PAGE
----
August 24, 2012
On a balmy spring day in Palo Alto, one of my fellow art historians gloomily contemplated the contemporary usage of the word “curate.” What passes for “curating” today, she lamented? Often a sporadic relationship between a tumblr account and dramatic photography culled from a fashion magazine, designer’s website, or lust-worthy food blog.
My research this summer for the Bill Lane Center in downtown San Francisco at the California Historical Society (CHS) thus arrived like a breath of fresh air, even while I shuffled through low-lit underground vaults poring over old books, paintings, and photographs. In fact, “Curating California,” an ongoing project that Jon Christensen, Executive Director of the Bill Lane Center, conceived in collaboration with Anthea Hartig, the inspiring Director of CHS, demands that we refresh our understanding of the term:
Curate, in its nominative form, means one who cares for the development of souls, reminding us that a central mission of “curators” should be preserving things that help us understand our collective past and might positively affect our growth as social beings. Curating, in that sense, means caring about community.
The archive of the state historical society – indeed, the institution itself – is the product of care. It represents the material gifts of citizens to a common repository. It safeguards the flame of collective memory. Next year, we will rekindle many forgotten memories with a regional celebration: the Year of the Bay, a commemoration of the bay area’s history, geography, and maritime culture, coinciding with America’s Cup sailing races in and around the Golden Gate.
In addition to community programming throughout San Francisco Bay, CHS will mount an exhibition in its galleries at 678 Mission Street that will combine historical objects with interactive media sponsored by an Andrew W. Mellon Grant to the Stanford Spatial and Literary Labs.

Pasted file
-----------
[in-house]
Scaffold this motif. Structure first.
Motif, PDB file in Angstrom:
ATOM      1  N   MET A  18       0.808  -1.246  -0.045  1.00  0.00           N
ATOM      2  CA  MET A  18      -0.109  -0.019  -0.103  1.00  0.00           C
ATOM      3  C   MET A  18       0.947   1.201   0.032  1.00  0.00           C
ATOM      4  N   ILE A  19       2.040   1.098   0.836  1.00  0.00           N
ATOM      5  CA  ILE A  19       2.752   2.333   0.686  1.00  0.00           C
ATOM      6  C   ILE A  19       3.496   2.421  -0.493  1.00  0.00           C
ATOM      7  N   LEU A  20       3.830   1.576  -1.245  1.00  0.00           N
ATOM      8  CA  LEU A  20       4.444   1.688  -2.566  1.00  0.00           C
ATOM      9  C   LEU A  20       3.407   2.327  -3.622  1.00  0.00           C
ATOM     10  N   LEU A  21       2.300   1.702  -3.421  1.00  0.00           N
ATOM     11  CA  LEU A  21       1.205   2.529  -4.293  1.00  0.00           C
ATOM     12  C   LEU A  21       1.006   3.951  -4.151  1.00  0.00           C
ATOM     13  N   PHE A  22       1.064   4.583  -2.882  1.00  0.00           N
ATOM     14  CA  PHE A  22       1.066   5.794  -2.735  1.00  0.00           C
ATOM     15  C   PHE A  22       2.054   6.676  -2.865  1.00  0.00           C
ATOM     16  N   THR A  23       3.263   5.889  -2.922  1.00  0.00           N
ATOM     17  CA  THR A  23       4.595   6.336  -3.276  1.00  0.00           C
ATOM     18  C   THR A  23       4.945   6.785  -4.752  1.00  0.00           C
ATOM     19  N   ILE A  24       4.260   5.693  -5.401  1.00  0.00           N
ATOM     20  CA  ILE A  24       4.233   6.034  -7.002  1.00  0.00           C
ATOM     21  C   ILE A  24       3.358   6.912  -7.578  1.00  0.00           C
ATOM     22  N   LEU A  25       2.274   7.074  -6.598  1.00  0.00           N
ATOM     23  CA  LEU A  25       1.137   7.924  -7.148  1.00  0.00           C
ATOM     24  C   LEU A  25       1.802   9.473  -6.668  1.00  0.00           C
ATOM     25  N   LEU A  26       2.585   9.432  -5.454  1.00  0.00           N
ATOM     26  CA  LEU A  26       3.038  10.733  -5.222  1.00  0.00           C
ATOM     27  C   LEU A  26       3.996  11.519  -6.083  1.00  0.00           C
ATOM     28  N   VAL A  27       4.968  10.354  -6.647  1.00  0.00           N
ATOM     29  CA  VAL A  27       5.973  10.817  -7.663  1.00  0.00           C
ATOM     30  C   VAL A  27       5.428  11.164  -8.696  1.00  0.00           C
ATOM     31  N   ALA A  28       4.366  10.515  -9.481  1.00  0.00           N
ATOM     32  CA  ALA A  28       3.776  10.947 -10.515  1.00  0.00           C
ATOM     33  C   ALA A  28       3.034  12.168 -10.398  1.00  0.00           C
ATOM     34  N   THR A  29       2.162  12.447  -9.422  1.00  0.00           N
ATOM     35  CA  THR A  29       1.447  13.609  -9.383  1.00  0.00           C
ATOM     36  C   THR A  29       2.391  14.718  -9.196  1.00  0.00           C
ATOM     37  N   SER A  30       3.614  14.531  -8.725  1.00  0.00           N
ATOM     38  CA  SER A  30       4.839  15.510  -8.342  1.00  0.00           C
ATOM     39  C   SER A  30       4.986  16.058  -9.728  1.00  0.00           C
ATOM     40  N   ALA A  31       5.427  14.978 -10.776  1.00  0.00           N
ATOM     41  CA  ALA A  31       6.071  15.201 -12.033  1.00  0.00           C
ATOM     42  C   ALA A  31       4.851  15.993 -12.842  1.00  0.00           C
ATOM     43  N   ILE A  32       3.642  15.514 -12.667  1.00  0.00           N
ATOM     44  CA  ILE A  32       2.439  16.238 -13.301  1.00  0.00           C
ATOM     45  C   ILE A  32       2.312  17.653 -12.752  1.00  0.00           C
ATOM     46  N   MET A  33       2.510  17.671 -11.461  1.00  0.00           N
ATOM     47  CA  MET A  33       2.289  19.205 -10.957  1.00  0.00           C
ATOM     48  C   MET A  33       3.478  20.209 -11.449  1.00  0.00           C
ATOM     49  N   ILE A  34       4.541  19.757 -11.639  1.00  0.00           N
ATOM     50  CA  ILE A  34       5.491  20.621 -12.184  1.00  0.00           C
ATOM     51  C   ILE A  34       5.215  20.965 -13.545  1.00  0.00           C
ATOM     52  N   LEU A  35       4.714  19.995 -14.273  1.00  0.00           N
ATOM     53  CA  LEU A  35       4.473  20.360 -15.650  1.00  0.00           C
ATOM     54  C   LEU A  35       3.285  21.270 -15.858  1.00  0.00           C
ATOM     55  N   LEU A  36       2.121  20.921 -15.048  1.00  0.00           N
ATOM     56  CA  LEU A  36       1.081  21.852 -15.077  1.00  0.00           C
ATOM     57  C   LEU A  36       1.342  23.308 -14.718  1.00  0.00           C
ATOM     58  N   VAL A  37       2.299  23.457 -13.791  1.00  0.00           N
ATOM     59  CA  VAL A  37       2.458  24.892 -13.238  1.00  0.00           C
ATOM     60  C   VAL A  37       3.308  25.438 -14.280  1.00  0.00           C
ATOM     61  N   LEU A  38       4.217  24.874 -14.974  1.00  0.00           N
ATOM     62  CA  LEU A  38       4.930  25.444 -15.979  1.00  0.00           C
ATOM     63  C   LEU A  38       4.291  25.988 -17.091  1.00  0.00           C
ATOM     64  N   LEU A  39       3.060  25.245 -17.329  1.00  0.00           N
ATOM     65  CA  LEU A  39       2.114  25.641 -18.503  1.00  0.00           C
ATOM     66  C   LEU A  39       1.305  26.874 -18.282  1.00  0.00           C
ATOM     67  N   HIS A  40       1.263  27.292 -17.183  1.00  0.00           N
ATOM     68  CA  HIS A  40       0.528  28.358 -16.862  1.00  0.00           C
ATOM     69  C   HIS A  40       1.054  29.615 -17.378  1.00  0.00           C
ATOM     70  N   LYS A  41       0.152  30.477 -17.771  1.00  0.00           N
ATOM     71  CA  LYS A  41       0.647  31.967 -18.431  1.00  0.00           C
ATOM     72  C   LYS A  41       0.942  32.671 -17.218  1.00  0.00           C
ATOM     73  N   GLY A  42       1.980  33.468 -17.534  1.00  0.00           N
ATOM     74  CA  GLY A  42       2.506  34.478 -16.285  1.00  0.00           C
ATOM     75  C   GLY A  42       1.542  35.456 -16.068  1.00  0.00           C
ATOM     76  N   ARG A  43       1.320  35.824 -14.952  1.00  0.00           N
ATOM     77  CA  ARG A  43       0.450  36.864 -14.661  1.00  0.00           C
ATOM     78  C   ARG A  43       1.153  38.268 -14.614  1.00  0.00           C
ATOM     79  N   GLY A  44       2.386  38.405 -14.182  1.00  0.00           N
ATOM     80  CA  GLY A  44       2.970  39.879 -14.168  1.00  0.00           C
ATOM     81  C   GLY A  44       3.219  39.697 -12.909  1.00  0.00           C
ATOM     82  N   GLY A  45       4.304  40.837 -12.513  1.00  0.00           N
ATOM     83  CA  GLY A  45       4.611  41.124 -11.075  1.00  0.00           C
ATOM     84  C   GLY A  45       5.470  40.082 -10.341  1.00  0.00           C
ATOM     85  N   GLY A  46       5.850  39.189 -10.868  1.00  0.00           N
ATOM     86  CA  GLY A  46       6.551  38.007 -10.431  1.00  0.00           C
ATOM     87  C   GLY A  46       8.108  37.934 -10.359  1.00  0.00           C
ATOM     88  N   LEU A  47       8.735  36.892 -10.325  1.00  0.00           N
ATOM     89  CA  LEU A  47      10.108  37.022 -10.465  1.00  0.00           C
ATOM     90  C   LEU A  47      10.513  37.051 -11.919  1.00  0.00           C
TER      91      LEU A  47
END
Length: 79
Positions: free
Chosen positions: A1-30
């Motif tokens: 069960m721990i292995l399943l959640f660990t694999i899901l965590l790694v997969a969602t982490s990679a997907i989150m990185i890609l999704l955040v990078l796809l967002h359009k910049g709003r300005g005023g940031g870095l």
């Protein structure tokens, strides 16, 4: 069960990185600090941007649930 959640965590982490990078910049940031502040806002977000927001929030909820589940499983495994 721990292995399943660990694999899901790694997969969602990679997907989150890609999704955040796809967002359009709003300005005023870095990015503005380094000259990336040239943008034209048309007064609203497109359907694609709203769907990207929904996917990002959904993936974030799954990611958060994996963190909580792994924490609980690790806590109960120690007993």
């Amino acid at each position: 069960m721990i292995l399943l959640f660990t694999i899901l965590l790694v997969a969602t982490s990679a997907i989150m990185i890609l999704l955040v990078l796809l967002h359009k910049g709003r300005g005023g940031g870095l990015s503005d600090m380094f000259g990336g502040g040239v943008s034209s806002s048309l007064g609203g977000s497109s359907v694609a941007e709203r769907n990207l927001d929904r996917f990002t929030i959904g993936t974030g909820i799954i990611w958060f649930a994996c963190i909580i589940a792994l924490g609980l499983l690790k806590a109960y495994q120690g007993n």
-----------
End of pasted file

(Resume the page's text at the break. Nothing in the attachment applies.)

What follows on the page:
Jon and Anthea invited me, as an art historian studying the collective identities formed around land and seascapes, to enter the CHS vaults in order to uncover hidden events and unspoken histories that have transpired in the San Francisco Bay. With essential guidance from the wonderful CHS staff, I explored many classes of objects – general’s golden watches, large paintings by small girls, foreign ships’ logs and ledgers, and architectural plans – in search of themes and threads that would help to weave a richer understanding of our relationship with the Bay.
In the spirit of artist Fred Wilson’s watershed “Mining the Museum” exhibition at the Maryland Historical Society, I was looking for episodes in the environmental history of the area. How did pictures and books express implicit attitudes towards the Bay? Selecting a range of related topics – for example, tourism, industry, transportation, and sport – I compiled an exhibition checklist of objects, like a striking suite of cyanotype photographs of Navy ship launches from Mare Island in 1899, that will appear in the show next spring.
These images will also be incorporated into an online interface via History Pin – a Google Maps program that geo-references historical photographs – allowing the public to review old pictures, comment on times past, and add new images that show how the place they live has changed. Embracing the tech wave that has swept over the region, the project aims to curate California along with the community that cares for it.